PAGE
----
My darling daughter deserved Sunday lunch at The Waggon – www.waggoninn.co.uk – very nice too. Then to Bolam – turn right by the Lake and St Andrew’s is in the middle of nowhere (NZ093826). The church website is simply plugging it as a nice place for weddings – there is no mention of the rest of the benefice or anything that happens on Sundays! They charge £750 – any couples planning to be married and reading this blog should know that Ponteland is cheaper! The church is quite a building:
The tower and the west wall of the nave are Saxon, the chancel and tower arches are Norman. The main door and much of the other work is thirteenth century – there’s a lovely nave and a south aisle.
The whole building has a very ancient feel, and could probably do with another visit with a copy of Pevsner in my hand.
I don’t think I’ve ever seen stone altar rails before – no danger that they will wobble as you kneel down – and I’ve never seen altar rails so far from the altar before.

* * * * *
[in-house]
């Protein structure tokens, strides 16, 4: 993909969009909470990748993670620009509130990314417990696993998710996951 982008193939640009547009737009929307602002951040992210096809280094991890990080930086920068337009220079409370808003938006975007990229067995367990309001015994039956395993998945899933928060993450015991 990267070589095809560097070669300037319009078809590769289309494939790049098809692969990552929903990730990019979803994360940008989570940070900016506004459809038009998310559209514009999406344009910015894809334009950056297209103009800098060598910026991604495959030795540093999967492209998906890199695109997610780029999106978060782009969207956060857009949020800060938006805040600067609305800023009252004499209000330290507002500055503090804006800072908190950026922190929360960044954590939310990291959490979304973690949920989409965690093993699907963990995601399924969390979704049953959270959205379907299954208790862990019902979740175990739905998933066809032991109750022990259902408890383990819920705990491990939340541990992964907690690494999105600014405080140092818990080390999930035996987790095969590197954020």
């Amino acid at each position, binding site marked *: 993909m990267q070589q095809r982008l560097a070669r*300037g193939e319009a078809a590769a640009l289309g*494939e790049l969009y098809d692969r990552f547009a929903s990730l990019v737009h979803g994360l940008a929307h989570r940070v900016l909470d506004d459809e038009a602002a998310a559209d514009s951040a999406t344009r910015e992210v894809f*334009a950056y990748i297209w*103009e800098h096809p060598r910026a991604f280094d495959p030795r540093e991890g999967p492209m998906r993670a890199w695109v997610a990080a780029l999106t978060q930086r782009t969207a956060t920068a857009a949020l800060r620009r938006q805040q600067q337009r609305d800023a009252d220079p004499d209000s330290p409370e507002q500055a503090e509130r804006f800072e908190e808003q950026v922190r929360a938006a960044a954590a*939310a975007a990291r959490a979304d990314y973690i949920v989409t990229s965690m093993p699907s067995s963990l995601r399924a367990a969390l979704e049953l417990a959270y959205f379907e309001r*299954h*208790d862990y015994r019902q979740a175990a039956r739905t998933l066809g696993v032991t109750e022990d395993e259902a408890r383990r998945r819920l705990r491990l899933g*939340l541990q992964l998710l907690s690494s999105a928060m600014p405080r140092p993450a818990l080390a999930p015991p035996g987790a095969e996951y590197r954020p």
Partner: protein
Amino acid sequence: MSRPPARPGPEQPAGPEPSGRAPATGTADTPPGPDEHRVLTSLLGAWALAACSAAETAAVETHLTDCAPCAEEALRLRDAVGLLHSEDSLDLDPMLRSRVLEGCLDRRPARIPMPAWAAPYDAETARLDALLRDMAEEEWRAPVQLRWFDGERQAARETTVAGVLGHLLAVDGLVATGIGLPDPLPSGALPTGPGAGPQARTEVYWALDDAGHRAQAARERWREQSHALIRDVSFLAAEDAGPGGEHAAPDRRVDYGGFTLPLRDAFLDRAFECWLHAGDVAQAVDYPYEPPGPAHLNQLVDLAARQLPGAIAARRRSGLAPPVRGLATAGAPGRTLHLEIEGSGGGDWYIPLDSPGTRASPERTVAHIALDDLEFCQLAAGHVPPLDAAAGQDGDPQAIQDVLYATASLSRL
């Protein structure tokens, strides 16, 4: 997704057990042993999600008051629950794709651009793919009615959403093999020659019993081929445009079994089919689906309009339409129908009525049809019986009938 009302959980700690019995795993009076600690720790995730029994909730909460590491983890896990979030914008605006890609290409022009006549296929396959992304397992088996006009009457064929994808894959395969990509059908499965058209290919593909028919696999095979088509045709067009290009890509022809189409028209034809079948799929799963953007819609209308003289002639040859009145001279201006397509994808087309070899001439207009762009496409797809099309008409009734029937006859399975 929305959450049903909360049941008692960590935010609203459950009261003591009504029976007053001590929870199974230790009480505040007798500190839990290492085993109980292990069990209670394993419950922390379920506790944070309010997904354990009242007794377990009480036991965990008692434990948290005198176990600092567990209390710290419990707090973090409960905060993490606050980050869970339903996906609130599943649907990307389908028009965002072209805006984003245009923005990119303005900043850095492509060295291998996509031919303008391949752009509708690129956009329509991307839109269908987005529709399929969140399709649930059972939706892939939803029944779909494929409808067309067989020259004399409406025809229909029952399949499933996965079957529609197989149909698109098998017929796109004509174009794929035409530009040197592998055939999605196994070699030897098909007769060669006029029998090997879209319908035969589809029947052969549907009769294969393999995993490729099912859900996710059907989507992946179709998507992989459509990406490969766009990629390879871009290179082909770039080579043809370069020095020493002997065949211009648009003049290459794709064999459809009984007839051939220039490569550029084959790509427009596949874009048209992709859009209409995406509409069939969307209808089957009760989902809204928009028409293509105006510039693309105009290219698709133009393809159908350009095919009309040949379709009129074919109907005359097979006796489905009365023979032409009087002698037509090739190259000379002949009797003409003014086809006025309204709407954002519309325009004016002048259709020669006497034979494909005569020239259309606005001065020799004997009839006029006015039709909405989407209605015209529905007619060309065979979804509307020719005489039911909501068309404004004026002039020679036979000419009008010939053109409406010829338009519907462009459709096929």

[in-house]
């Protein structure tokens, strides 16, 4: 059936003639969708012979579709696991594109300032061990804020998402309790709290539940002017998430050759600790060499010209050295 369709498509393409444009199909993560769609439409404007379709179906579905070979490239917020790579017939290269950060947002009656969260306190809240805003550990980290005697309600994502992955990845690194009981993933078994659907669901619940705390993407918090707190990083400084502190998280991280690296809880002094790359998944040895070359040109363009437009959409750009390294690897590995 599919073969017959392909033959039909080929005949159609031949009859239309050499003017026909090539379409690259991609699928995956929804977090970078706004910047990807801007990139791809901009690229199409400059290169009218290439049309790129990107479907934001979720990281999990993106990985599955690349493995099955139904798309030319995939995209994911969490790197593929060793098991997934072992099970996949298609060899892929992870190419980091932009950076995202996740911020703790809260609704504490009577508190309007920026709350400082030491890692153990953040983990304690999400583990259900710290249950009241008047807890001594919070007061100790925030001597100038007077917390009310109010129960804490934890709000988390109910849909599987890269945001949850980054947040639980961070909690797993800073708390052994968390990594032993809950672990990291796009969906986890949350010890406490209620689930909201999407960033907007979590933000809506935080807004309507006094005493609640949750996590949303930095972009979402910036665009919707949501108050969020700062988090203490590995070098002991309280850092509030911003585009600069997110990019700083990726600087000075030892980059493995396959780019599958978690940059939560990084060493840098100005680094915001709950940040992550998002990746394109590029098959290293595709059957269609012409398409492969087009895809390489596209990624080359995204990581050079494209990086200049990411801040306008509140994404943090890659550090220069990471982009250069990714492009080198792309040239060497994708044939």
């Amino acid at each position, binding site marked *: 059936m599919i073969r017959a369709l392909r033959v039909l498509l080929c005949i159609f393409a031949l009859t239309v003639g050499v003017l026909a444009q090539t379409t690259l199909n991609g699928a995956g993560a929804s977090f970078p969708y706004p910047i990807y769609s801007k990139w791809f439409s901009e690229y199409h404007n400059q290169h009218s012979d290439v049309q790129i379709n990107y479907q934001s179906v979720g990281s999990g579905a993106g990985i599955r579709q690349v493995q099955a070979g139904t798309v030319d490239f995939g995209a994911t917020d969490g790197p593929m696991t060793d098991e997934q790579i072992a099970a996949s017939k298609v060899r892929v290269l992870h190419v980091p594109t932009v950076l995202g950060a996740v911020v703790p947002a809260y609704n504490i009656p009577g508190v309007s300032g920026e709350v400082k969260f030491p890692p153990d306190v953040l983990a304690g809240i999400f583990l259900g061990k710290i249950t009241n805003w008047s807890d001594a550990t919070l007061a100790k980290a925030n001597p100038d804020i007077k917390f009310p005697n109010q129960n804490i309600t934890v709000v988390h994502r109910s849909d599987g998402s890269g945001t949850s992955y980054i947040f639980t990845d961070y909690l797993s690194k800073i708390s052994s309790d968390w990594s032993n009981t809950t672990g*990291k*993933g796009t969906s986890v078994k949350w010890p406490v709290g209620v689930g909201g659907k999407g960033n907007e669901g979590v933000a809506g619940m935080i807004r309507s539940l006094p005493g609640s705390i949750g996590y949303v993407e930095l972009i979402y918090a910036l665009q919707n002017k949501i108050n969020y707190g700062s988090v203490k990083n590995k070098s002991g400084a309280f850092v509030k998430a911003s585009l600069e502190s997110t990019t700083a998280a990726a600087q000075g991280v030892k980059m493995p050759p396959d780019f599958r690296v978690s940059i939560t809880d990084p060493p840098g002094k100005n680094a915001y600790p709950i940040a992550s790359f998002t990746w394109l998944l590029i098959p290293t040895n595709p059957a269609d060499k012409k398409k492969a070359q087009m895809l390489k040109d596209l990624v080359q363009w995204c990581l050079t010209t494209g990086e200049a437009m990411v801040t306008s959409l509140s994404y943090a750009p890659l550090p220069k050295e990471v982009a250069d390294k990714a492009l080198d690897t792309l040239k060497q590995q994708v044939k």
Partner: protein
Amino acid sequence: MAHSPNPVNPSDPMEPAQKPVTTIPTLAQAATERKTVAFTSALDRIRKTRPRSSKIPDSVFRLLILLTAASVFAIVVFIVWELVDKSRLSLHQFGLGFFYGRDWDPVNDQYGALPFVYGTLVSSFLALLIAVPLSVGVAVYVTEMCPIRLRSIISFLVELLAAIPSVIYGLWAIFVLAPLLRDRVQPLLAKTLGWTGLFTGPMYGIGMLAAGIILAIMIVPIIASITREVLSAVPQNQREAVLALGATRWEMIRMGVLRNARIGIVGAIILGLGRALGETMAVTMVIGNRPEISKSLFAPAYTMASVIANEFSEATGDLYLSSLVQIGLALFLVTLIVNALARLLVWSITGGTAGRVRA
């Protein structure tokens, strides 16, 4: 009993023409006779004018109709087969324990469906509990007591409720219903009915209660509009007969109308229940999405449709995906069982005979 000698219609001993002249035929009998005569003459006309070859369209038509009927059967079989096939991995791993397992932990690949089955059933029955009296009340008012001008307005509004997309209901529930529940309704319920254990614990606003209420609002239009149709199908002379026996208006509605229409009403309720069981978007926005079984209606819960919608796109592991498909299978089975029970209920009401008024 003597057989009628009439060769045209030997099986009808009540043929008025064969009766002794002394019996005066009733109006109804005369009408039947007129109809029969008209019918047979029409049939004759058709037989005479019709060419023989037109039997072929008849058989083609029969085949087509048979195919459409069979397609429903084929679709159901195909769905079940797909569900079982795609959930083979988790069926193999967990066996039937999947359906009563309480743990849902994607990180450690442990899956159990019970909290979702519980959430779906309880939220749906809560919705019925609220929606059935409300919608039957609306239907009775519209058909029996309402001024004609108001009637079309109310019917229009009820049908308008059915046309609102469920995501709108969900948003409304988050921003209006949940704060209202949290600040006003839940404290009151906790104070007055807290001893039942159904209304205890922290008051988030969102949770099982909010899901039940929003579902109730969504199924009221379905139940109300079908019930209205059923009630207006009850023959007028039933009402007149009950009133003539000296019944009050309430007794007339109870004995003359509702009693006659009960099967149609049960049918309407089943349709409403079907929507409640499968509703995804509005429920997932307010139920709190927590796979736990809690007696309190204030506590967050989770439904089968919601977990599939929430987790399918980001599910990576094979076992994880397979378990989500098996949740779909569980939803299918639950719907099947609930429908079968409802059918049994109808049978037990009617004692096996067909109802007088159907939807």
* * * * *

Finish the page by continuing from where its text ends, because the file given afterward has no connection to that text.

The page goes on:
At the east end of the south aisle are these tombs. The knight is Sir Robert de Reymes (died 1324). He and his family moved up from Suffolk, and acquired the half Barony of Bolam about 1295.
The family also bought Aydon Castle, down near Corbridge – now owned by English Heritage. Their guidebook commented about the Suffolk family who bought in the North just before the Scots got violent!
There is an Evetts’ window which commemorates the night of 1 May 1942 when a Dornier pilot, Willie Schludecker, jettisoned his bombs after being intercepted by British fighters. One of the bombs entered the church – you can see where in the photo above – but failed to detonate. The full story is at http://news.bbc.co.uk/1/hi/england/tyne/3833687.stm.
A huge churchyard, including this rather basic headstone, and one to Norman Turnball, previous head of Richard Coates’ School. The views across the Northumberland hills are lovely – but I do wonder how long a church surrounded by so much nothing can continue to be viable.